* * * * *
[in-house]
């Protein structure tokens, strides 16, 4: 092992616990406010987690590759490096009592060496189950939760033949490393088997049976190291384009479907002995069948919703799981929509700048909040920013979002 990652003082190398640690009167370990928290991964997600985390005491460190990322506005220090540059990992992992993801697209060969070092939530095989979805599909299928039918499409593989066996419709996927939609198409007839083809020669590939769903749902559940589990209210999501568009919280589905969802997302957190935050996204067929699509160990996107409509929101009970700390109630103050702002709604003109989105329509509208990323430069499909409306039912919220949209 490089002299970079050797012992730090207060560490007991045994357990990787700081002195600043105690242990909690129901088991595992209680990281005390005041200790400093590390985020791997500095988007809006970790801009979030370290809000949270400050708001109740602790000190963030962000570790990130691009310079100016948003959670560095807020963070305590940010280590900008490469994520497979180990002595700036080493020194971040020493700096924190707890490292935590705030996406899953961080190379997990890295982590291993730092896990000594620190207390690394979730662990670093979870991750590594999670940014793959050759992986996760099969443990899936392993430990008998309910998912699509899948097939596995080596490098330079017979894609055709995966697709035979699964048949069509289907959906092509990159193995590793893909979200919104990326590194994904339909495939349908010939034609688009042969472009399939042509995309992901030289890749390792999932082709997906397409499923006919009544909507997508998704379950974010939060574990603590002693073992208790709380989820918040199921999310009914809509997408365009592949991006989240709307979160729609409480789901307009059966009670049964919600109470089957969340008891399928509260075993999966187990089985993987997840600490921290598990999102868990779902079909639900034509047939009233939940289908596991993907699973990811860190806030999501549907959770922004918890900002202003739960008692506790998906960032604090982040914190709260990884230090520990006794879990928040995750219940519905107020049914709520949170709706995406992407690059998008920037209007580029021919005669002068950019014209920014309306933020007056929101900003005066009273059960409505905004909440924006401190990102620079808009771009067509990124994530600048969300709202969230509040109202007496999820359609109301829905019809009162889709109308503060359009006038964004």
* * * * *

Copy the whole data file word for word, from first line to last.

[in-house]
């Protein structure tokens, strides 16, 4: 092992616990406010987690590759490096009592060496189950939760033949490393088997049976190291384009479907002995069948919703799981929509700048909040920013979002 990652003082190398640690009167370990928290991964997600985390005491460190990322506005220090540059990992992992993801697209060969070092939530095989979805599909299928039918499409593989066996419709996927939609198409007839083809020669590939769903749902559940589990209210999501568009919280589905969802997302957190935050996204067929699509160990996107409509929101009970700390109630103050702002709604003109989105329509509208990323430069499909409306039912919220949209 490089002299970079050797012992730090207060560490007991045994357990990787700081002195600043105690242990909690129901088991595992209680990281005390005041200790400093590390985020791997500095988007809006970790801009979030370290809000949270400050708001109740602790000190963030962000570790990130691009310079100016948003959670560095807020963070305590940010280590900008490469994520497979180990002595700036080493020194971040020493700096924190707890490292935590705030996406899953961080190379997990890295982590291993730092896990000594620190207390690394979730662990670093979870991750590594999670940014793959050759992986996760099969443990899936392993430990008998309910998912699509899948097939596995080596490098330079017979894609055709995966697709035979699964048949069509289907959906092509990159193995590793893909979200919104990326590194994904339909495939349908010939034609688009042969472009399939042509995309992901030289890749390792999932082709997906397409499923006919009544909507997508998704379950974010939060574990603590002693073992208790709380989820918040199921999310009914809509997408365009592949991006989240709307979160729609409480789901307009059966009670049964919600109470089957969340008891399928509260075993999966187990089985993987997840600490921290598990999102868990779902079909639900034509047939009233939940289908596991993907699973990811860190806030999501549907959770922004918890900002202003739960008692506790998906960032604090982040914190709260990884230090520990006794879990928040995750219940519905107020049914709520949170709706995406992407690059998008920037209007580029021919005669002068950019014209920014309306933020007056929101900003005066009273059960409505905004909440924006401190990102620079808009771009067509990124994530600048969300709202969230509040109202007496999820359609109301829905019809009162889709109308503060359009006038964004």